Home NewsNational Rwanda Moves to Standardize Locally Made Sanitary Pads

Rwanda Moves to Standardize Locally Made Sanitary Pads

by Daniel Sabiiti
8:13 pm

Ministry of Local Government official tests the absorption of local RSPs made by Cooperative Twiyubake

  A national dialogue on menstrual hygiene management has agreed on conducting comprehensive research that will set new standards for manufacturing locally-made reusable sanitary pads (RSPs).

This follows preliminary research findings from a feasibility study of reusable pad development that showed that despite innovations in manufacturing reusable pads, there are no standards to guide and prevent the risks that were not foreseen in this research.

For instance, the above research conducted by Water-Aid Rwanda, and the Women Economic Empowerment and Advisory Trust (WEEAT) shows 77% of eight districts were not aware of reusable pads though the evolution of awareness had grown from 1.1% in 2016 to 38% in 2021.

The findings showed that Disposable modern pads were used 30.8% more than reusable ones at 12.1% and that 7.5% still used Cloth/tissue /Traditional methods despite the other options.

Government and Gender promotion officials examine locally made SRPs

“These primary findings, presented to stakeholders in March, were not enough. The recommendation from all line ministries is to carry out in-depth research to focus on effectiveness (standards) besides access and cost,” said Dr. Jean Pierre Hakizimana, the research consultant.

Building on the gaps noticed in the feasibility study in areas of costs remaining expensive, inaccessible, and having a direct impact on Sexual Reproductive Health Rights, especially for girls’ education, the government, and stakeholders agreed to move forward with the standardization of reusable pads to make them accessible and safer for use.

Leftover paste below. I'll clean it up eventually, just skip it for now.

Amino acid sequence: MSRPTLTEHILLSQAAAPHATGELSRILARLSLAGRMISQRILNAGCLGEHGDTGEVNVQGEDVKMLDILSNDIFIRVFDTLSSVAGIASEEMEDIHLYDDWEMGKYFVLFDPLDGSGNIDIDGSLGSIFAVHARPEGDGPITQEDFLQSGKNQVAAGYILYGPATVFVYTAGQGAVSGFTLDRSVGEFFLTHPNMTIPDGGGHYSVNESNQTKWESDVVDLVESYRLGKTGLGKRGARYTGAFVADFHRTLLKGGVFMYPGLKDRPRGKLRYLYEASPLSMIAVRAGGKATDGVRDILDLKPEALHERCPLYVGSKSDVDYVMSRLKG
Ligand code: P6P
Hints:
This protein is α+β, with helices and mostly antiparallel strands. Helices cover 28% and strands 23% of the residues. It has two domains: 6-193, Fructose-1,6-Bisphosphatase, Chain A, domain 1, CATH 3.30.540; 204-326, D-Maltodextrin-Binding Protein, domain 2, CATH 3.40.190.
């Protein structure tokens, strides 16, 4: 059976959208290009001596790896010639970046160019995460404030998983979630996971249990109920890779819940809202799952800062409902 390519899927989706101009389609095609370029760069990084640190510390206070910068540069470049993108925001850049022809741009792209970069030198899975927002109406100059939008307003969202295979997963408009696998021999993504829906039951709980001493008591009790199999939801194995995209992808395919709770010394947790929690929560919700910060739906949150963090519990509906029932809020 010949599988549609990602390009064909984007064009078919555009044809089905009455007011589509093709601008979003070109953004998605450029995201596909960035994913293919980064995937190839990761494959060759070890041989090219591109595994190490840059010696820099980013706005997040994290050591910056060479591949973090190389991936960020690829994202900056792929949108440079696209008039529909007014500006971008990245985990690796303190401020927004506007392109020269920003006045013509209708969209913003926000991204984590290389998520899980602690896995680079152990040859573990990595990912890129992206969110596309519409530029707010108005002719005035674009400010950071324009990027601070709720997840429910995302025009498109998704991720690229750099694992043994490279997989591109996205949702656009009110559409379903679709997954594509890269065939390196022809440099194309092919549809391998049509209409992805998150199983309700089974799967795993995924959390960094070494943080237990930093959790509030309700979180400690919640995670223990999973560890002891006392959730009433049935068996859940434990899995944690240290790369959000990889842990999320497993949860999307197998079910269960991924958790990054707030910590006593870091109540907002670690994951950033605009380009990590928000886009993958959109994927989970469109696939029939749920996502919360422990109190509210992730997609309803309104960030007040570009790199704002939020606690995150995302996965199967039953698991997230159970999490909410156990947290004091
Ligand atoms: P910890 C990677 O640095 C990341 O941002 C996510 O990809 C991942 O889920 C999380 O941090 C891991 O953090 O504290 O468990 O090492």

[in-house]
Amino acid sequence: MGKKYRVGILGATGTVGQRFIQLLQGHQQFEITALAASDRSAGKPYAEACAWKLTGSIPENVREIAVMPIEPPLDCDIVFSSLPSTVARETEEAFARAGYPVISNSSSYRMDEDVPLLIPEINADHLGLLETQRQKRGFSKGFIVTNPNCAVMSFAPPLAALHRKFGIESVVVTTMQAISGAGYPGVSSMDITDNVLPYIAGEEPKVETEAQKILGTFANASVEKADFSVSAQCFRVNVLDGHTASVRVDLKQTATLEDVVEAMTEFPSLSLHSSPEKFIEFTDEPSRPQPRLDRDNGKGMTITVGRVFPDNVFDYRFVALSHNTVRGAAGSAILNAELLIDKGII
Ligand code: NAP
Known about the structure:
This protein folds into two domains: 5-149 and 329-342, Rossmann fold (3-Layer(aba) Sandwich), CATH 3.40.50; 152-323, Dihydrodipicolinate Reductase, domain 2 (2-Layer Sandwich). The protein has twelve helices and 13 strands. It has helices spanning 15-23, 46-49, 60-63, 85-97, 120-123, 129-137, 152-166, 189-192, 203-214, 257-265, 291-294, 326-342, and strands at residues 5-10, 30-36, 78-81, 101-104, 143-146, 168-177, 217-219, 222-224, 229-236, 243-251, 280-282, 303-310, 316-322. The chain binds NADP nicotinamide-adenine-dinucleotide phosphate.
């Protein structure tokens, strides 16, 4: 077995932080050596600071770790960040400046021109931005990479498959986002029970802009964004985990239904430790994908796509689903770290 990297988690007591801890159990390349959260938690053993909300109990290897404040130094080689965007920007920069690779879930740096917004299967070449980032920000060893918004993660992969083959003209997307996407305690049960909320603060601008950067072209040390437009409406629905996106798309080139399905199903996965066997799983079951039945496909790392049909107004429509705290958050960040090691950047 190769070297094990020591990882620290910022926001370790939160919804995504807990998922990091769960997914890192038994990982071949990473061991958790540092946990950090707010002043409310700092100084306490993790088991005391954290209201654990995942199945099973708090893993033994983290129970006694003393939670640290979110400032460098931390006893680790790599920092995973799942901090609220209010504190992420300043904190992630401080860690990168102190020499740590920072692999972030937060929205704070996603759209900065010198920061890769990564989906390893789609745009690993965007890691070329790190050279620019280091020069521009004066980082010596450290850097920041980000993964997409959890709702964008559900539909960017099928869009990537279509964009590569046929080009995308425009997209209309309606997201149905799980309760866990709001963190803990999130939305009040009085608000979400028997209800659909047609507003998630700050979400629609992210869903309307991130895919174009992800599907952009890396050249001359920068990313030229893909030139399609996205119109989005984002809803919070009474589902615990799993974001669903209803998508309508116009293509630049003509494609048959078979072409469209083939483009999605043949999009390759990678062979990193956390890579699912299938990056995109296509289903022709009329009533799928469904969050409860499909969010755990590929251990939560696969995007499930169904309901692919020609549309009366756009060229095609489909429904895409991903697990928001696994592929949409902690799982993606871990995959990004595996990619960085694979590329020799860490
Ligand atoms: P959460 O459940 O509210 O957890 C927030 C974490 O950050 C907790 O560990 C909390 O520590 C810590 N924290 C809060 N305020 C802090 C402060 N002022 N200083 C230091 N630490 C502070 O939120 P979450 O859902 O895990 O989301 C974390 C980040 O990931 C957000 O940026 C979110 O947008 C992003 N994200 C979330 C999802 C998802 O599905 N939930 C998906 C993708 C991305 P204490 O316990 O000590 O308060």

The new research on standards developed by the Rwanda Standards Board (RSB) will focus on informing the standards development to ensure access, especially after a previous feasibility study showed that 92.1% agree with the use of RSP as a solution to the community, though 41.9% say they don’t use them due to lack and limited access.

This standards research, to be completed December 2023, is estimated to take $129,000 and will tackle the issues of terms and conditions, size and materials; product performance; packaging; sampling and testing on effects and usability; product test methods like absorption; and manufacturing environment (requirements) but also Scientific/Clinical data on effects of used RSPs.

Government and Gender promotion officials examine locally made SRPs

According to RSB officials, none of this exists and the go-ahead to authorize (certification) the locally produced RSPs in accordance with the approved national standards has been delayed because of the certainty of the made-in-Rwanda sanitary pad product.

“Without standards everything we do is volatile. We are not saying the solution is bad but we need to be sure of the product and we are sure it will be positive. We have taken five years of being silent about the product approval but it’s because of the uncertainties which can be positive or negative but we are 90 percent it will be positive,” said Samuel Mporanzi, the RSB Quality Management System and Accreditation Analyst.

Florence Uwatwembi, the RSB Gender Mainstreaming Specialist said that the above research will be guided by the Gender Equality- Requirements for Promotion, implementation and Accountability Standard (RS 560:2023) which has been developed by the Gender Monitoring Office (GMO, United Nations agencies and Stakeholders to give a certifiable National Gender Equality Standard.

A national dialogue on menstrual hygiene management in Rwanda

Vestine Mukeshimana, the Acting Country Director of WaterAid Rwanda, said that the government of Rwanda has done a lot in implementing gender-sensitive policies and programs and that they are committed to supporting the success of ensuring women get sanitary services.

“For us as WaterAid, this is something that we think is a natural right for all women and we are going to ensure that it shouldn’t be a burden for a woman to have monthly periods because its nature and a sign of life,” Mukeshimana said.

Jeanne Mwiliriza, the Coordinator of the Tubahumurize Association that makes RSPs said that for local manufacturers to stay relevant in business there is a need for the government to consider tax reliefs on materials as prices will be affected (increase) with the new standards in place.

Gender-based organizations also called for an increase in equal access for RSPs to all women, just as it is for other hygiene and healthcare services such as condoms.

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